Great “Shucked” bests Bad “Bad Cinderella” on Broadway

The cast of SHUCKED by Matthew Murphy & Evan Zimmerman.

The Broadway Theatre Review: Shucked and Bad Cinderella

By Ross

Well, sometimes a new musical comes along and sounds like it should be a great thing, or at least a success of some sort, led by a well-known big name and backed by a solid P.R. machine. And then, sometimes, another comes along based on the idea of Corn. Yes, you heard me right, a musical about corn, or so it appears. And one would feel foolish placing their bet on the corn (ier) contender, but in this case, Corn comes out on top. Way on top, making the other appear even more foolish than any bet would have been.

Ashley D. Kelley and Grey Henson in SHUCKED by Matthew Murphy & Evan Zimmerman.

Shucked is that winning musical, growing high and towering above that big-named Bad musical. No doubt about it, and with that hilariously written book by Robert Horn (Disney’s Hercules; Tootsie) and those sharply grown music/lyrics by Brandy Clark (“Follow Your Arrow“) and Shane McAnally (NBC’s “Songland“), this musical finds an award-winning balance of smart and silly, sung strong, and delivered with a confidence by a stellar cast that astounds. It’s completely joyful and ridiculous, springing up from the stage as quite the different growth than most other offerings this season, with two storytellers strutting stupendously onto that barnyard stage to lead us through their tall “farm to fable” tale of a cob county in peril. Grinning from ear to ear (of corn), the Storytellers, named 1 and 2, hilariously well played by Ashley D. Kelley (Public’s Eve’s Song) and Grey Henson (Broadway’s Mean Girls), show “RANGE!” and rhythm, roaring a corn line dance to the heavens and pulling us most wonderfully into their warm comical embrace. The two are magnificently charming and engaging, never failing to drop a ridiculous line just when you thought they couldn’t find one, and making you laugh, sometimes in awe of what they all just pulled off.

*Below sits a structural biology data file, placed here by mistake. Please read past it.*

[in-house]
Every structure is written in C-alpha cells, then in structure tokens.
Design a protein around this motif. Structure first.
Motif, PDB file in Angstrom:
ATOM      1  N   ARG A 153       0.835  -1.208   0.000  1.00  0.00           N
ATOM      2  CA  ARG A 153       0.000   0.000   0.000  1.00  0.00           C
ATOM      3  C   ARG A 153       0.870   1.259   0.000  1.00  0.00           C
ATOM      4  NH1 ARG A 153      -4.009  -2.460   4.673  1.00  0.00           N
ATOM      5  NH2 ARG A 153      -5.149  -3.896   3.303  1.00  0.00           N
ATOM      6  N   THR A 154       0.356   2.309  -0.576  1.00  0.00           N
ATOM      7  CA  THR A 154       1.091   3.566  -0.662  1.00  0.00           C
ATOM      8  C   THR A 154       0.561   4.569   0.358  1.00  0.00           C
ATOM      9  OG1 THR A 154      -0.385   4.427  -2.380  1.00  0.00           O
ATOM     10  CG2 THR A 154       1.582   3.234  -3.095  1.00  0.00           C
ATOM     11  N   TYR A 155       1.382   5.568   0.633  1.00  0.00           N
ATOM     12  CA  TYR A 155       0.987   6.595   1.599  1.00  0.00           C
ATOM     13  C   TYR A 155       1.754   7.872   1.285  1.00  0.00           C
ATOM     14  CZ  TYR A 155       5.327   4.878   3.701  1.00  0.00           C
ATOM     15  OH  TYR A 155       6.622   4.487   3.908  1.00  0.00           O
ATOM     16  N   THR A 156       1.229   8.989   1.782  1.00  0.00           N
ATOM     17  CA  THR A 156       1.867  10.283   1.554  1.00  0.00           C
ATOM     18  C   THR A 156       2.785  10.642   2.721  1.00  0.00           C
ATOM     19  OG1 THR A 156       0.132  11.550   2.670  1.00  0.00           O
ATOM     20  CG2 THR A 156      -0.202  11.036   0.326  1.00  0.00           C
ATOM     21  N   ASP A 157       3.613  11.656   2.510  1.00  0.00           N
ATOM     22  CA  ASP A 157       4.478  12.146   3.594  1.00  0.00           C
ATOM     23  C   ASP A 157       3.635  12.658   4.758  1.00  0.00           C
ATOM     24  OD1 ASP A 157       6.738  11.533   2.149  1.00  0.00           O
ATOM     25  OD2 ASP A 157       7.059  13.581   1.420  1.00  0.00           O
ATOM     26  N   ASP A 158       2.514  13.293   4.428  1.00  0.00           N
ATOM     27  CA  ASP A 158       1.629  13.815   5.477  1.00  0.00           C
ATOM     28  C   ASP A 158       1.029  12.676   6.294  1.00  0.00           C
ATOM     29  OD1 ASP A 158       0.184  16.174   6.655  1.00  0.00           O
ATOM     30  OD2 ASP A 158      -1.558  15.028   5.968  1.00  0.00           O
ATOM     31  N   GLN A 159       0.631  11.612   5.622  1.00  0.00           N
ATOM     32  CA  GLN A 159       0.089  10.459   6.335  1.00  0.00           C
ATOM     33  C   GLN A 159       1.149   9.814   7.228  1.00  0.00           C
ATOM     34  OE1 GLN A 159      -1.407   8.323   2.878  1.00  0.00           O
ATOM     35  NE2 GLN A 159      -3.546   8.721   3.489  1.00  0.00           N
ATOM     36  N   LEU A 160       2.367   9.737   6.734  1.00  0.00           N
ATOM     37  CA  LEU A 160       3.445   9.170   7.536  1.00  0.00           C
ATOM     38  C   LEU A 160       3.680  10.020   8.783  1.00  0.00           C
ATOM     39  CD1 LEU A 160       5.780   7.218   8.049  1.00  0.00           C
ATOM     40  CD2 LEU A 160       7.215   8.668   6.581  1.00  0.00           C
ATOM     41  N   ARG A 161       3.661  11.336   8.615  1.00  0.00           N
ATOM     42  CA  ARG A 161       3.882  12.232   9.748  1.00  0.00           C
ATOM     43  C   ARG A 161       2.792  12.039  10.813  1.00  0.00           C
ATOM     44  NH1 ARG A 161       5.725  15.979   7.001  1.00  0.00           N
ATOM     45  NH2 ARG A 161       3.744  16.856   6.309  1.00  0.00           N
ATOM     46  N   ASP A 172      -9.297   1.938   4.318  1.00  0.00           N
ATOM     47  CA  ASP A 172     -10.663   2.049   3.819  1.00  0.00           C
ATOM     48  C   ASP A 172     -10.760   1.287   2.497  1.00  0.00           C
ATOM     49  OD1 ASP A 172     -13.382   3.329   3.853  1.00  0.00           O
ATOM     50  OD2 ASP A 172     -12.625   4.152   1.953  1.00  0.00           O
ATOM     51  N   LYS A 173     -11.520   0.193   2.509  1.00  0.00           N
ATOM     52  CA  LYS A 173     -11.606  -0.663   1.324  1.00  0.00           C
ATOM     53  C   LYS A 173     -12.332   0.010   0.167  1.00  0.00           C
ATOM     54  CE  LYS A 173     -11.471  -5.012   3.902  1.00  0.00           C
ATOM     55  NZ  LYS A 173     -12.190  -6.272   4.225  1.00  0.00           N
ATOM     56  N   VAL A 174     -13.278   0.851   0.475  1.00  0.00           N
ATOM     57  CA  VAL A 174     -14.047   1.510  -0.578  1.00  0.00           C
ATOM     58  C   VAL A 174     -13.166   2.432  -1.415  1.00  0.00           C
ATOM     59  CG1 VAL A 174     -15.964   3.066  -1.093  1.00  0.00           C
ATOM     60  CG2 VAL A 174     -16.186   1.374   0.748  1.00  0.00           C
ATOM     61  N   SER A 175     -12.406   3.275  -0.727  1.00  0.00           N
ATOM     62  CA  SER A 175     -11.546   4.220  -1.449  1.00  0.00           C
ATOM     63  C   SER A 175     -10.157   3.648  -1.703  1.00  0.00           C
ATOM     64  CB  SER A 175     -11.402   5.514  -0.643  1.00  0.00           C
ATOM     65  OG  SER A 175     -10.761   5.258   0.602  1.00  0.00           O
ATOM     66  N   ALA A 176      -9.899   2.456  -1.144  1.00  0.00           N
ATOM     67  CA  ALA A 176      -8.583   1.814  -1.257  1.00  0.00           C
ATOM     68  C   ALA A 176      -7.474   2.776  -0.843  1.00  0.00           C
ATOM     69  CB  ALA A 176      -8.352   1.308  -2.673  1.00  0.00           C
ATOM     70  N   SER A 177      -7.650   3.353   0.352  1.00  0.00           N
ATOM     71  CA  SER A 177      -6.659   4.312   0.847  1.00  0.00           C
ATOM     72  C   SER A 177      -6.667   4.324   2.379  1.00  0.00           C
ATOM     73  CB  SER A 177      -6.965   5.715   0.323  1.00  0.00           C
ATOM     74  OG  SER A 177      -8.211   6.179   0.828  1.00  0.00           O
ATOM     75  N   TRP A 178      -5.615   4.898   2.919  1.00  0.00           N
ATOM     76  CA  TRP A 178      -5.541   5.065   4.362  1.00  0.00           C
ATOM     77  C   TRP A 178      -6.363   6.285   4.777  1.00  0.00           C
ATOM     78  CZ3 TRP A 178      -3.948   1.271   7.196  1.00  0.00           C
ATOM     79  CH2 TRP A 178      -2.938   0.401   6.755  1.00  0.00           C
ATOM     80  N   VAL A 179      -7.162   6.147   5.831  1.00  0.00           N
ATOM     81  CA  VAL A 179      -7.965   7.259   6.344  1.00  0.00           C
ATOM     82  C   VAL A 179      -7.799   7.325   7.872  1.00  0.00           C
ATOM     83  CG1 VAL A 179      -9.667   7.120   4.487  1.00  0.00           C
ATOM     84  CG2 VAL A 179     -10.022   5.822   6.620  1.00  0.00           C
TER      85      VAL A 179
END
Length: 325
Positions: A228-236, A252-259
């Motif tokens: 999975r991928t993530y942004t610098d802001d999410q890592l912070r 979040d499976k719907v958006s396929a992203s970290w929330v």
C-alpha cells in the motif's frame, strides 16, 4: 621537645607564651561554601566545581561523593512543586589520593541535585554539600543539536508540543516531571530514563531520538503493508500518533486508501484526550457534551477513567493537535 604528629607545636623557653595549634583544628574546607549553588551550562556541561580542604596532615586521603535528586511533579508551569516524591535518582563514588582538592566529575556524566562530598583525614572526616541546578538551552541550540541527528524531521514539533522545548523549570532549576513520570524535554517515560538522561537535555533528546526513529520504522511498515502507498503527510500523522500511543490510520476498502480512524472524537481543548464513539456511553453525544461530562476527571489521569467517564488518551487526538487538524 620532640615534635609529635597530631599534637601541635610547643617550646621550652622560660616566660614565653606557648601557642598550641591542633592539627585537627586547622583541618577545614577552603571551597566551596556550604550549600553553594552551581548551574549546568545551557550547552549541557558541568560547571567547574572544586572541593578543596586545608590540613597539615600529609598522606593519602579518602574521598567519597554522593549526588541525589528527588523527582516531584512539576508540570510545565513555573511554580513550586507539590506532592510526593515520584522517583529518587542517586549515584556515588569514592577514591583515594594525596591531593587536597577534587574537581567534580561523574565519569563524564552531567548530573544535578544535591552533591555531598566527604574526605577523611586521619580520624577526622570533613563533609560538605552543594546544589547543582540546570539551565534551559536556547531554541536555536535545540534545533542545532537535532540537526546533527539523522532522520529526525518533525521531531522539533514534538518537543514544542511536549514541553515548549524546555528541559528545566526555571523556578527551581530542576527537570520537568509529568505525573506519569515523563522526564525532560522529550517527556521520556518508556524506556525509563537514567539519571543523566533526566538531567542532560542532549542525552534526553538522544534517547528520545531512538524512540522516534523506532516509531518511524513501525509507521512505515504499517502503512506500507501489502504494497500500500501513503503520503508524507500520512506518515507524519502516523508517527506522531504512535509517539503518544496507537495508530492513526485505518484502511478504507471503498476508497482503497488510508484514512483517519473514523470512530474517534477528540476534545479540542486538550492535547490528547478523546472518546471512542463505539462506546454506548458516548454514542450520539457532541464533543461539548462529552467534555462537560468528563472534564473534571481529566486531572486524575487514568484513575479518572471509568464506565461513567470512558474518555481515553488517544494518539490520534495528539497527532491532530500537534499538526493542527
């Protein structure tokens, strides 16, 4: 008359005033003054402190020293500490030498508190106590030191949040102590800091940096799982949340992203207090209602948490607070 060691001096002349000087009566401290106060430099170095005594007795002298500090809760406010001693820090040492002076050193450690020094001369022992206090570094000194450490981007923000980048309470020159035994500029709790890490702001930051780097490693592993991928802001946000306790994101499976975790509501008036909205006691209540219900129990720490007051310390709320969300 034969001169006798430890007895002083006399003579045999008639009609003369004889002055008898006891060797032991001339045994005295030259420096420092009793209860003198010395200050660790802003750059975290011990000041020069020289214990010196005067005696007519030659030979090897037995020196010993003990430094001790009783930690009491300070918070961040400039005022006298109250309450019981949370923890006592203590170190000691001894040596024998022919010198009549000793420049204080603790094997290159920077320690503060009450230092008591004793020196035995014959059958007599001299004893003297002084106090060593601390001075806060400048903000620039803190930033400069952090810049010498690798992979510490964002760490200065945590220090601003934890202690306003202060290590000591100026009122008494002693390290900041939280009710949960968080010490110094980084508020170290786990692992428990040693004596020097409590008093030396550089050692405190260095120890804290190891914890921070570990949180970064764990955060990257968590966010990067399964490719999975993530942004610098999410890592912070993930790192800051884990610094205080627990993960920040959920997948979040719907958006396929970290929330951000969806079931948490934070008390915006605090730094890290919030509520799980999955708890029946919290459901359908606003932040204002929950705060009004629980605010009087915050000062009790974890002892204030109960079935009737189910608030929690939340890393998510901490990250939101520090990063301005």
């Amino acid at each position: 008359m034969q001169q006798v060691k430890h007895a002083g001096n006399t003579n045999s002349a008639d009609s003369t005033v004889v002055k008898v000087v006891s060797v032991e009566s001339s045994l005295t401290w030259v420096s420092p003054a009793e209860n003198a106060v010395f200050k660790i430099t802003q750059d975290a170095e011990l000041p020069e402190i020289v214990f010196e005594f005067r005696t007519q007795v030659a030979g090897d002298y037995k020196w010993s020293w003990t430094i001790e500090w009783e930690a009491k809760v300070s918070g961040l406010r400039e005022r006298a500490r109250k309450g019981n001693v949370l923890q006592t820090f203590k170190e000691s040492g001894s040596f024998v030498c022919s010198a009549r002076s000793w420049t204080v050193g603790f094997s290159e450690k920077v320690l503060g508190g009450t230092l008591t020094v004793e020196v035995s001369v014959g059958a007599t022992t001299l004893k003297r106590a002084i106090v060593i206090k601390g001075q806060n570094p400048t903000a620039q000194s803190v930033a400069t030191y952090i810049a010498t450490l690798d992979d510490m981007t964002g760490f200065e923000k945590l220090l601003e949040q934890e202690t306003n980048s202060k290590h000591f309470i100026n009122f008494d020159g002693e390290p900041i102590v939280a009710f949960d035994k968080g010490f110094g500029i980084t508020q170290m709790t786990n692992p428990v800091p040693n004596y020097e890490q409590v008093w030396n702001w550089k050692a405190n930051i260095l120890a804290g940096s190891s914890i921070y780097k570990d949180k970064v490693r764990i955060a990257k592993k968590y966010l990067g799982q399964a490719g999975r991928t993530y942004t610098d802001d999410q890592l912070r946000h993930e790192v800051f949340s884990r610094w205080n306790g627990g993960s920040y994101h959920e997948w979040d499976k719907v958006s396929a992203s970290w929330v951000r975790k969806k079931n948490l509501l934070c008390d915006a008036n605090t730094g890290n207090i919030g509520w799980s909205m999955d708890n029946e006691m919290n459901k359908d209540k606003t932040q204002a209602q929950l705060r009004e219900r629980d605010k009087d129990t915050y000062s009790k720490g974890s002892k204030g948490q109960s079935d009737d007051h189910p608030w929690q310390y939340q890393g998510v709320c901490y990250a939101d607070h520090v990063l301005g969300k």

The corny center has its eye on Maizy, gloriously played by the big-eyed Caroline Innerbichler (Park Square’s Ragtime) who unearths a certain style of wisdom found somewhere deep inside her optimistic naivete. This rare blend can only be matched by her beau, Beau, portrayed dimly and brightly by Andrew Durand (Broadway’s Head Over Heels). As a pair, grown to be together, they sparkle inside their sweet simplicity, until the day the corn turned and their marriage was put on hold. But it is the trusty brother, Peanut, that somehow steals the stupid right from under their feet, and delivers his ridiculous and wisely crafted thoughts up for our surprised consideration. Played brilliantly dumb by Kevin Cahoon (Broadway’s Tommy), the corndog jokes keep flying forth, giving us all the impression that Peanut might just be wiser than we could ever imagine. Just like this show.

But if we are looking for showstoppers, we don’t have to look any farther than cousin Lulu, triumphantly portrayed by Alex Newell (Broadway’s Once on This Island), with special thanks to music supervisor, orchestrator, arranger, and conductor Jason Howland (Broadway’s Paradise Square). Newell is given the “Independently Owned” moment to shine so bright one can barely stay in their seat when that number flies high above the corn fields. It’s no wonder that the handsome foreigner, Gordy, devilishly well-played by John Behlmann (Broadway’s Tootsie), who has been brought in from Tampa, yes, Tampa, to save the corn and the county from dying, sees Lulu as something so powerful that one Lu would not be enough.